Also known as “wryneck,” torticollis is a condition in which a child's head is tilted. It is typically caused by either a tightening of the muscles of the neck, flattening of the back of the head or a combination of the two. The condition often refers to tightness of a specific muscle which pulls the head sideways toward the shoulder, turns the face toward the opposite shoulder and brings the head forward on the chest. Habitually spending time in this position frequently causes other neck muscles to tighten.
Torticollis limits a child's ability to turn the head to see, hear and interact freely with their environment. Because of this, torticollis may lead to delayed cognitive development, delayed whole body awareness, weakness and difficulties with balance. Since the neurological component that directs development and balance is not impaired, children with torticollis may compensate for their head positioning and progress through their developmental stages asymmetrically. This asymmetry may cause spinal misalignment and uneven distribution of weight over the legs, leading to the development of orthopaedic problems.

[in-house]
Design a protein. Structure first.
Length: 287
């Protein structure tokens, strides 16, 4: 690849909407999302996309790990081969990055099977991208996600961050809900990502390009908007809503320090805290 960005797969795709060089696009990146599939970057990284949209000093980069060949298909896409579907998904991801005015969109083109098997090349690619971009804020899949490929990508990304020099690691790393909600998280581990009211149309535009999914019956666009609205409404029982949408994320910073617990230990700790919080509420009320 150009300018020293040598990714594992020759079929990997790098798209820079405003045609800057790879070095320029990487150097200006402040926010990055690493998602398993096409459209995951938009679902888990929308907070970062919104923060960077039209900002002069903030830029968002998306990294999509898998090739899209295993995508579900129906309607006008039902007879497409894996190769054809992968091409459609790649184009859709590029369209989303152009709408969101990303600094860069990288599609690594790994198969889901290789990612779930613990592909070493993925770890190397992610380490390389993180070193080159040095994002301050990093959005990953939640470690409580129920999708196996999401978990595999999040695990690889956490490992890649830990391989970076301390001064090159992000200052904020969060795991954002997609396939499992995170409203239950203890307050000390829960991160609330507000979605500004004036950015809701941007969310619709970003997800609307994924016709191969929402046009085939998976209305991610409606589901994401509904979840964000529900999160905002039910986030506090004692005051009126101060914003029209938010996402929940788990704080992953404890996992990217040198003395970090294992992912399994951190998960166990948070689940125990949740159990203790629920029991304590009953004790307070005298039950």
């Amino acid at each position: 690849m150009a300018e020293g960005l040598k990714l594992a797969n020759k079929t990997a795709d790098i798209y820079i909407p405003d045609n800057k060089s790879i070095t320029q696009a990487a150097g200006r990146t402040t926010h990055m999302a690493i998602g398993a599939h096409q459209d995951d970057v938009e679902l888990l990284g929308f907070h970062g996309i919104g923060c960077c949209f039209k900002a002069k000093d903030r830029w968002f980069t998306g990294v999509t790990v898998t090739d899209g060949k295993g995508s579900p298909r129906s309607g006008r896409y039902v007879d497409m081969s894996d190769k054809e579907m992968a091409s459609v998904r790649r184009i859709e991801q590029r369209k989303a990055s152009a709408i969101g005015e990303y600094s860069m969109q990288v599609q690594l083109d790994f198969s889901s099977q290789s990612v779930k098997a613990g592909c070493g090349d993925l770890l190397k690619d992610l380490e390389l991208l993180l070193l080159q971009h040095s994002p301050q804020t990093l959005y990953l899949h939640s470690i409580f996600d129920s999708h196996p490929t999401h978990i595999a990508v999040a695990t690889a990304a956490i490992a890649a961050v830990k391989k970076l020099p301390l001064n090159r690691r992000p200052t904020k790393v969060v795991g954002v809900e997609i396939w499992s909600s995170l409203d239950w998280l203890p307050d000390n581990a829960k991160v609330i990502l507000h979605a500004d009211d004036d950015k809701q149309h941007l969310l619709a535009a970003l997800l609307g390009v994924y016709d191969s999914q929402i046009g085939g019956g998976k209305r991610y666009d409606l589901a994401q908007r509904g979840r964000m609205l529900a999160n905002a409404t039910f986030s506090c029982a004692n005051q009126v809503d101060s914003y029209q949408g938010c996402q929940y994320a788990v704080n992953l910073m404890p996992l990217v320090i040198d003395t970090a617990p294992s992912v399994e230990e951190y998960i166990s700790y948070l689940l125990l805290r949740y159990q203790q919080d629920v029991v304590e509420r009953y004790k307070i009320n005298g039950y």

Torticollis is also associated with a flattening of the back of the head, known as plagiocephaly. As the infant keeps the head turned to the same side, the constant pressure on the back of the head leads to flattening accompanied by a bulging on that side of the forehead. If unchecked, torticollis and plagiocephaly may contribute to perceptual problems and learning disabilities when children reach school-age.
Torticollis and plagiocephaly should be evaluated by a physician to determine the cause and whether treatment is required. If treatment is necessary, a referral will be made to physical therapy. A physical therapist should individually assess the needs of each child and provide treatment, home exercise and positioning suggestions.
The incidence of torticollis and plagiocephaly can be minimized by providing supervised, awake prone time (tummy time), encouraging babies to look equally in both directions and by minimizing the use of baby equipment (car seats, bouncy seats, swings, etc.).